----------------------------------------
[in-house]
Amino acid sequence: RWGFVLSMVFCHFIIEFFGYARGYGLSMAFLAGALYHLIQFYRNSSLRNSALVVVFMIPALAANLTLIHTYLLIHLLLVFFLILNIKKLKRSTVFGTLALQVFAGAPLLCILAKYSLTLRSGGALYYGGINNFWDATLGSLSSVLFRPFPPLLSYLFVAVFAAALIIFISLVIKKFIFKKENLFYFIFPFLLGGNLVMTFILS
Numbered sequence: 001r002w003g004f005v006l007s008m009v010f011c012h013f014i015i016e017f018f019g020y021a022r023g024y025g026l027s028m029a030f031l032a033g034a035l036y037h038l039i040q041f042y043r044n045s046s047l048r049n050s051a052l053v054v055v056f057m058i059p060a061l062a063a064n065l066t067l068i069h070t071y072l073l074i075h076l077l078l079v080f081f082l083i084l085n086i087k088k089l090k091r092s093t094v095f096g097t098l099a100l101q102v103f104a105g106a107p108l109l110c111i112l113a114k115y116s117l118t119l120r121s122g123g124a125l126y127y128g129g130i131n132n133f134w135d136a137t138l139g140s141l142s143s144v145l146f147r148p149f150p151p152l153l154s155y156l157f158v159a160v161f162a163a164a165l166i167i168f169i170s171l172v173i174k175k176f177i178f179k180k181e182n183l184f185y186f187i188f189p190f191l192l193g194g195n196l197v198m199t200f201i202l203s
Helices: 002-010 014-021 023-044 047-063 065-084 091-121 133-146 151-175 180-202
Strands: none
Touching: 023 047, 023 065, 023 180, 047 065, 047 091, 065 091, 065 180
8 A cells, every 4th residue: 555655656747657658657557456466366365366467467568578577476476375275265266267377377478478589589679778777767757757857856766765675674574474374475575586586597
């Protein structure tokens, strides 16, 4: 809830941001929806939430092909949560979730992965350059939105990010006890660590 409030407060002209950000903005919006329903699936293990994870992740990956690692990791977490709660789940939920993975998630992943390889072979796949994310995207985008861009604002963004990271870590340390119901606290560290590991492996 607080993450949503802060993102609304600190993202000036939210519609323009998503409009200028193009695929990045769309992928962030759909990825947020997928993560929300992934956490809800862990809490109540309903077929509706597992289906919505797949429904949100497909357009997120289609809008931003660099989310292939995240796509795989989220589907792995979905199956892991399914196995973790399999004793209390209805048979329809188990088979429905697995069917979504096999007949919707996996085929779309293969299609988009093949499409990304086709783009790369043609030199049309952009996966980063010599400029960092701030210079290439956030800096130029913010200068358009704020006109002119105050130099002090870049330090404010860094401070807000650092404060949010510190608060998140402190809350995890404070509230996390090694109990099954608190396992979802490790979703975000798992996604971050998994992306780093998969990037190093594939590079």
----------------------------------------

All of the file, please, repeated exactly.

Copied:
[in-house]
Amino acid sequence: RWGFVLSMVFCHFIIEFFGYARGYGLSMAFLAGALYHLIQFYRNSSLRNSALVVVFMIPALAANLTLIHTYLLIHLLLVFFLILNIKKLKRSTVFGTLALQVFAGAPLLCILAKYSLTLRSGGALYYGGINNFWDATLGSLSSVLFRPFPPLLSYLFVAVFAAALIIFISLVIKKFIFKKENLFYFIFPFLLGGNLVMTFILS
Numbered sequence: 001r002w003g004f005v006l007s008m009v010f011c012h013f014i015i016e017f018f019g020y021a022r023g024y025g026l027s028m029a030f031l032a033g034a035l036y037h038l039i040q041f042y043r044n045s046s047l048r049n050s051a052l053v054v055v056f057m058i059p060a061l062a063a064n065l066t067l068i069h070t071y072l073l074i075h076l077l078l079v080f081f082l083i084l085n086i087k088k089l090k091r092s093t094v095f096g097t098l099a100l101q102v103f104a105g106a107p108l109l110c111i112l113a114k115y116s117l118t119l120r121s122g123g124a125l126y127y128g129g130i131n132n133f134w135d136a137t138l139g140s141l142s143s144v145l146f147r148p149f150p151p152l153l154s155y156l157f158v159a160v161f162a163a164a165l166i167i168f169i170s171l172v173i174k175k176f177i178f179k180k181e182n183l184f185y186f187i188f189p190f191l192l193g194g195n196l197v198m199t200f201i202l203s
Helices: 002-010 014-021 023-044 047-063 065-084 091-121 133-146 151-175 180-202
Strands: none
Touching: 023 047, 023 065, 023 180, 047 065, 047 091, 065 091, 065 180
8 A cells, every 4th residue: 555655656747657658657557456466366365366467467568578577476476375275265266267377377478478589589679778777767757757857856766765675674574474374475575586586597
């Protein structure tokens, strides 16, 4: 809830941001929806939430092909949560979730992965350059939105990010006890660590 409030407060002209950000903005919006329903699936293990994870992740990956690692990791977490709660789940939920993975998630992943390889072979796949994310995207985008861009604002963004990271870590340390119901606290560290590991492996 607080993450949503802060993102609304600190993202000036939210519609323009998503409009200028193009695929990045769309992928962030759909990825947020997928993560929300992934956490809800862990809490109540309903077929509706597992289906919505797949429904949100497909357009997120289609809008931003660099989310292939995240796509795989989220589907792995979905199956892991399914196995973790399999004793209390209805048979329809188990088979429905697995069917979504096999007949919707996996085929779309293969299609988009093949499409990304086709783009790369043609030199049309952009996966980063010599400029960092701030210079290439956030800096130029913010200068358009704020006109002119105050130099002090870049330090404010860094401070807000650092404060949010510190608060998140402190809350995890404070509230996390090694109990099954608190396992979802490790979703975000798992996604971050998994992306780093998969990037190093594939590079």